Afghanistan has some of the highest maternal and infant mortality rates in the world, and a high concentration of donkeys.
Enter the maternity saddle -- a new invention that promises to carry women in labor across Afghanistan's difficult terrain so they can get the medical care they need.
The British charity HealthProm and designer Peter Muckle developed the inflatable donkey saddle to ease the burden on women about to give birth in remote areas of Afghanistan.
The lack of suitable transport in mountainous areas leads many pregnant women to opt against heading to health centers in favor of giving birth at home, raising the risks for both mother and child should complications arise.
According to Muckle, his invention provides a lightweight and comfortable way for women in labor to get the medical attention they need.
"HealthProm found that there was no comfortable way for women to travel in order to give birth," he says. "And they also found that if they did give birth in the health centers there was much more chance for them surviving."
The final version of the "donkey ambulance" was showcased during an exhibition of low-cost, frugal medical technology in London earlier this month.
Muckle pieced the saddle together using inflatable camping cushions, the armrest from an air bed, and part of an inflatable pool lounger.
Four prototypes of different designs and sizes have been assessed and tested over the past year in Charkent, a mountainous district in the northern Balkh Province.
The best elements of the prototypes were incorporated into the final design.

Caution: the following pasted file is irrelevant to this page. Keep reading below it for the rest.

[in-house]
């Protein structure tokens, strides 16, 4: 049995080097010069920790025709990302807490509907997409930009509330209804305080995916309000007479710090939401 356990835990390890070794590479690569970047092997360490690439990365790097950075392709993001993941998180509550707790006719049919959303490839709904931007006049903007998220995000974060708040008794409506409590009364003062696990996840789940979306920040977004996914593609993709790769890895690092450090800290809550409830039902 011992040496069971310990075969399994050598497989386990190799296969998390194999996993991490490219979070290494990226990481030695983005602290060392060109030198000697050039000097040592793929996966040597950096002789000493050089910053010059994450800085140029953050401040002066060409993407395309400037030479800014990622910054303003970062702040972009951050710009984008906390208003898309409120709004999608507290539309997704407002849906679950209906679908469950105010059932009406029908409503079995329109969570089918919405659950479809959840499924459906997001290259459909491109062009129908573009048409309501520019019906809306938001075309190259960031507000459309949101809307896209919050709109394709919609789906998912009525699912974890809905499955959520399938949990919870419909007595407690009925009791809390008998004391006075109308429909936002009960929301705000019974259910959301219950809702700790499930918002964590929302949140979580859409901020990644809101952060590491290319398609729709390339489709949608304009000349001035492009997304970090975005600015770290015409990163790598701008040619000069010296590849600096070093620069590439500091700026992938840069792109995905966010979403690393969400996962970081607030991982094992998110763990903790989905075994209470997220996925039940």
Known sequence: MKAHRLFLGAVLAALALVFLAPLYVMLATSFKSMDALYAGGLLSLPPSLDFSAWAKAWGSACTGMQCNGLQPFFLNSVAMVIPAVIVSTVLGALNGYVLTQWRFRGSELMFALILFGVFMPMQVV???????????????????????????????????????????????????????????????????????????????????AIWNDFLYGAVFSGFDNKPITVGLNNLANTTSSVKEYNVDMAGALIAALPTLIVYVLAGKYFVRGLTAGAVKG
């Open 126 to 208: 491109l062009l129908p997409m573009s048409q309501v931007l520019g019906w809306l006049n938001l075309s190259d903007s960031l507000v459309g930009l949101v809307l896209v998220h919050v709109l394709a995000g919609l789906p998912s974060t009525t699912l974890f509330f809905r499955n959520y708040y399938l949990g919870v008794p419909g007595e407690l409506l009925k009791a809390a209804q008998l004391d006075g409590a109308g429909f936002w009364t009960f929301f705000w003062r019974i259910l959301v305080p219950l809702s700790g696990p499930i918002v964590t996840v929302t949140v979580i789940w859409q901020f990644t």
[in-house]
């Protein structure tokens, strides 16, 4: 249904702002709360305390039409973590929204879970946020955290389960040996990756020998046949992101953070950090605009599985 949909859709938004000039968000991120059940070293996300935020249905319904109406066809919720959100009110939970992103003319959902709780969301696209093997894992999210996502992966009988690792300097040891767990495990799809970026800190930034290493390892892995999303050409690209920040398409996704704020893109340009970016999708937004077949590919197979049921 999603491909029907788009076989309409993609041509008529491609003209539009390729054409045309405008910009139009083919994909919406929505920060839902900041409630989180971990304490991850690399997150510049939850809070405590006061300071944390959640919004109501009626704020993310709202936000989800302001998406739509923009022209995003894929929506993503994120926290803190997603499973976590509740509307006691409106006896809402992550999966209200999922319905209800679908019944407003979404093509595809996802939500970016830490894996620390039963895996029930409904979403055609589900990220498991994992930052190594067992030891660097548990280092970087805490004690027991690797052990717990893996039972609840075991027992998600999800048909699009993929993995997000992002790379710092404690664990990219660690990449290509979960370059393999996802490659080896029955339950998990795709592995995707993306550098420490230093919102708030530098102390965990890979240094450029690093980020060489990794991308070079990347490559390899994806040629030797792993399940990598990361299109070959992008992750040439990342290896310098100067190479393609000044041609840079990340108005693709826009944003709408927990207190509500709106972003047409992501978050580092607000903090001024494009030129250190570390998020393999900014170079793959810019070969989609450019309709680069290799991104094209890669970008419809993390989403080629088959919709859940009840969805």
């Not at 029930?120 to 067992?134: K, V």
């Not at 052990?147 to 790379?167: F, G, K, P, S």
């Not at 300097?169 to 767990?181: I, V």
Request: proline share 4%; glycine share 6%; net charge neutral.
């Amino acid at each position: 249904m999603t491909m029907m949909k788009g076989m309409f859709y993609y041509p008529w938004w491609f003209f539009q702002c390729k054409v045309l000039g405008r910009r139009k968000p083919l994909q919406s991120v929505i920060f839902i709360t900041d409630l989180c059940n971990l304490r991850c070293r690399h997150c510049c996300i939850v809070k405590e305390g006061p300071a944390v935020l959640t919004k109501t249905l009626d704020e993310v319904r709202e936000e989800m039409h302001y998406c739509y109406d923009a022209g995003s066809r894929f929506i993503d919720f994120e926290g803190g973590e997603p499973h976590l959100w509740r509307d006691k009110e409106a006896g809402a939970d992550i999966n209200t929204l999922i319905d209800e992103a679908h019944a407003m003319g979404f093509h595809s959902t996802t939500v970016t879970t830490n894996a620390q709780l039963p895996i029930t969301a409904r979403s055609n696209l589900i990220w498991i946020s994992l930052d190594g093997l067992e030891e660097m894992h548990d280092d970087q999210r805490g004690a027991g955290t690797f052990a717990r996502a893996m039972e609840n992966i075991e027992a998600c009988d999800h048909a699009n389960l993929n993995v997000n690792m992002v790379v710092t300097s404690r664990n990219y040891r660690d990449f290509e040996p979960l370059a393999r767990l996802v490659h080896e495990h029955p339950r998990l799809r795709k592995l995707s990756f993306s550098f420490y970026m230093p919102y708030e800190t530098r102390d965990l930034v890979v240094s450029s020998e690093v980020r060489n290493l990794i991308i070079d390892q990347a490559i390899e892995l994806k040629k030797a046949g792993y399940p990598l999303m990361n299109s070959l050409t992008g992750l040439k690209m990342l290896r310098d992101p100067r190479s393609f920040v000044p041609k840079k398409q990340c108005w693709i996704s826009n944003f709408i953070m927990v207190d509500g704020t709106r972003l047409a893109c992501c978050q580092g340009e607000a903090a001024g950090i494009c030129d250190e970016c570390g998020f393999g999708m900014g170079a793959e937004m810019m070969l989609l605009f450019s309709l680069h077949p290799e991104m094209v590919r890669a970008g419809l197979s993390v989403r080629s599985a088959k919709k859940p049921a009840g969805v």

Dr. Azada Parsa, the project manager of HealthProm's Safe Motherhood Project in the provincial capital of Mazar-e Sharif, says the feedback has been "very positive."
"The donkey saddle is very safe and secures the pregnant woman during her transfer to the health center," she adds. "They are very happy with this saddle and they are coming to the health center all the time while they are in labor."
In Charkent, the journey to health centers or midwives can take up to four hours, often at night, under uncomfortable and dangerous conditions.
With this saddle, Parsa says she hopes more women will be encouraged to make the long journey rather than giving birth at home in unhygienic conditions and without access to medical expertise.
HealthProm is looking for donations in order to produce and distribute the final version of the $120 saddles to Afghan villages.
A tailor in Mazar-e Sharif with previous experience working with heavy cloth has been chosen to construct eight saddles to be handed out this year.
By next year, Muckle hopes every component will be produced locally and that it will be possible for the saddles themselves to be made by anyone.
"It's a pattern that I've made, so it's something that we are not selling really as a saddle -- we're giving the pattern to people to copy," he says. "So the idea is to make it a simple pattern that works very well [and] that people can make themselves."
This post appears courtesy of Radio Free Europe/Radio Liberty.
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